Here’s the plain and simple truth: I love to make things that would be easier to buy at the store. My days of yore as an intern at MOTHER EARTH NEWS are testament to this, as I blogged about topics such as how to make reusable bags and handmade gifts. And as I get older, I get even more determined to save money and make my world a little more unique through creative recycling.
Because Valentine’s Day is a dream holiday for those of us who love sending things in the mail, I would like to share one of my favorite means of recycling paper: handmade envelopes. Handmade envelopes are extremely easy to make, and a great way to let your letter/card recipient know that you care and are willing to put in the extra time to make something special — while reusing materials! These instructions can be customized to any occasion, such as a birthday, save the date (pictured here), handmade wedding invitation, baby shower invitation, etc.
Right now, I happen to have a vintage atlas that I got free at a garage sale last summer. I have been using it to create handmade envelopes like a fiend. There are really no rules about the sort of paper you should use for handmade envelopes, though. I have made them out of everything from newspaper to large antique book pages. I’m sure you could also create them out of fabric with the help of some starch.
Here are the step-by-step instructions. First, you’ll want to trace around a template on your chosen material. You can create a template one of two ways: either carefully deconstruct a commercially-made envelope, or print out my handy envelope template.
After you have traced around the template, you’ll want to cut it out and fold the bottom up, and then fold the sides in.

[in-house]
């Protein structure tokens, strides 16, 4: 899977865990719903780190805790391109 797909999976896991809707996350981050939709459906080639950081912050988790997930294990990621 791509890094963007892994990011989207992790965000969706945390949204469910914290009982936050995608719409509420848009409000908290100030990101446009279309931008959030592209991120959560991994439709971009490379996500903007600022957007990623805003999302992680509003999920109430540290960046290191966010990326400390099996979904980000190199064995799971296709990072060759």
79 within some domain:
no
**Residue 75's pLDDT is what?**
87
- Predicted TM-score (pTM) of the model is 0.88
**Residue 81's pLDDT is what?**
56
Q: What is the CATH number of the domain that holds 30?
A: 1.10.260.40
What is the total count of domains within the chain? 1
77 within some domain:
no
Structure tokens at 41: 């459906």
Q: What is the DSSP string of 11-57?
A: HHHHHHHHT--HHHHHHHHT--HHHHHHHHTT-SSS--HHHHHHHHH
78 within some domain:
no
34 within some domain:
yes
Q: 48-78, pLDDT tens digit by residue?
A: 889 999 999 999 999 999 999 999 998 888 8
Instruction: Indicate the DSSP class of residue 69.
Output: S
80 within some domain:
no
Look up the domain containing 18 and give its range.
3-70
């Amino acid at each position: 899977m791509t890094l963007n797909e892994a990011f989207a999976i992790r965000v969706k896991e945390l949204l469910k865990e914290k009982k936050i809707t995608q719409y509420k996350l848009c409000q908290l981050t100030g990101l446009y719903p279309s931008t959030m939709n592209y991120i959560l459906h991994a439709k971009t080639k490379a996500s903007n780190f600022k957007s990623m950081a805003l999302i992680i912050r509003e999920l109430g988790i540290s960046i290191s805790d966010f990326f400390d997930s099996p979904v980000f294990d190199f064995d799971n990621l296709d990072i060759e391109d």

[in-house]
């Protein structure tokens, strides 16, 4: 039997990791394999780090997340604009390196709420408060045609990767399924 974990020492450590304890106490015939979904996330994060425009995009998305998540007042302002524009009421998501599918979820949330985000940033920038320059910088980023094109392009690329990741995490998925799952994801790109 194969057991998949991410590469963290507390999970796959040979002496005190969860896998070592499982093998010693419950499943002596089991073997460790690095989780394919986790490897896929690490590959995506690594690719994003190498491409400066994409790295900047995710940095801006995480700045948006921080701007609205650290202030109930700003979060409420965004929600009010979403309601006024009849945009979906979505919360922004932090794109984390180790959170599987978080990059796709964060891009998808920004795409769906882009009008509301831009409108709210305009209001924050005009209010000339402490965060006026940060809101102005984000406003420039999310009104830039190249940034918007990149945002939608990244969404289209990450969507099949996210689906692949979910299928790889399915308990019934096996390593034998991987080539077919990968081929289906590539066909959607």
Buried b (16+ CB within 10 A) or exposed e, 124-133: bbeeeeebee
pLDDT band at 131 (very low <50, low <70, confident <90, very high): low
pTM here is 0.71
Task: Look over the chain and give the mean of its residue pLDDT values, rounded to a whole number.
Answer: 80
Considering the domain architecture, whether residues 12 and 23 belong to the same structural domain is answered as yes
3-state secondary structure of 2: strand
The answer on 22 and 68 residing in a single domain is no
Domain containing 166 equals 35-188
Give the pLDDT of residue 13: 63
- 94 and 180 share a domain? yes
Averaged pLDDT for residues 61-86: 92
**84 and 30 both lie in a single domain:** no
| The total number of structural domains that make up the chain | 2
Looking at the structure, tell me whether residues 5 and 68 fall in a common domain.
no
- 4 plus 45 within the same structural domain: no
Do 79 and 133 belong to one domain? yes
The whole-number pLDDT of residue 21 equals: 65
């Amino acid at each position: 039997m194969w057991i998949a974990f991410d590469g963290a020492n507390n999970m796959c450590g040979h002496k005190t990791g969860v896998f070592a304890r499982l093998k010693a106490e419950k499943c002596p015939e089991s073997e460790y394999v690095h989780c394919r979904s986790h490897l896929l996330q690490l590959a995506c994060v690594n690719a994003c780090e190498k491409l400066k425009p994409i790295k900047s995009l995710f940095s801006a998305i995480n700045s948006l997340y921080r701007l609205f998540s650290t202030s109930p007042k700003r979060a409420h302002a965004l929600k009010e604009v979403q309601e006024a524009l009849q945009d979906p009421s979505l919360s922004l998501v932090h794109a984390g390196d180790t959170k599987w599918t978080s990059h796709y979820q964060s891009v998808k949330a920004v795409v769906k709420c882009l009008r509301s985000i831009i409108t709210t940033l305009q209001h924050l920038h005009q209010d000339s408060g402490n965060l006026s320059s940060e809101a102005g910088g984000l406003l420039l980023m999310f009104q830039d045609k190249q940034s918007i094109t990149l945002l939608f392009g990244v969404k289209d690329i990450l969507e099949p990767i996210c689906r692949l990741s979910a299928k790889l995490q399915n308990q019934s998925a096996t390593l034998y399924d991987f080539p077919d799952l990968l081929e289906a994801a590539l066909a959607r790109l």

And when you have the sides folded in, trace around them on the bottom so you’ll know where to put your glue. Fold the sides in on some small dots of glue … and you’re done!
After you have made your envelope, you will probably want to glue a small square of light-colored paper on the front so you have an obvious place to write your recipient’s address, like I did on this envelope made from a vintage book:
I recommend making a few handmade envelopes, then whipping up a batch of wet-to-seal vanilla envelope glue. Using this method means that your handmade envelopes will be good to go when you need them, just like commercial envelopes. It’s always best to use wet-to-seal glue as opposed to a regular Elmer’s-type glue on handmade envelopes because envelopes with wet-to-seal glue are much easier to open — and recipients won’t have to decimate your carefully crafted envelope to get to your card/letter.
To read a more in-depth tutorial on homemade envelopes, please visit my step-by-step article on my webiste, The Postman’s Knock. Happy Valentine’s Day!
Lindsey Bugbee is a former MOTHER EARTH NEWS editorial intern and founder/owner ofThe Postman’s Knock, a custom graphic design and calligraphy company based in Boulder, Colo. This year, she’s working on reviving her floundering garden and developing plenty of new ways to upcycle materials.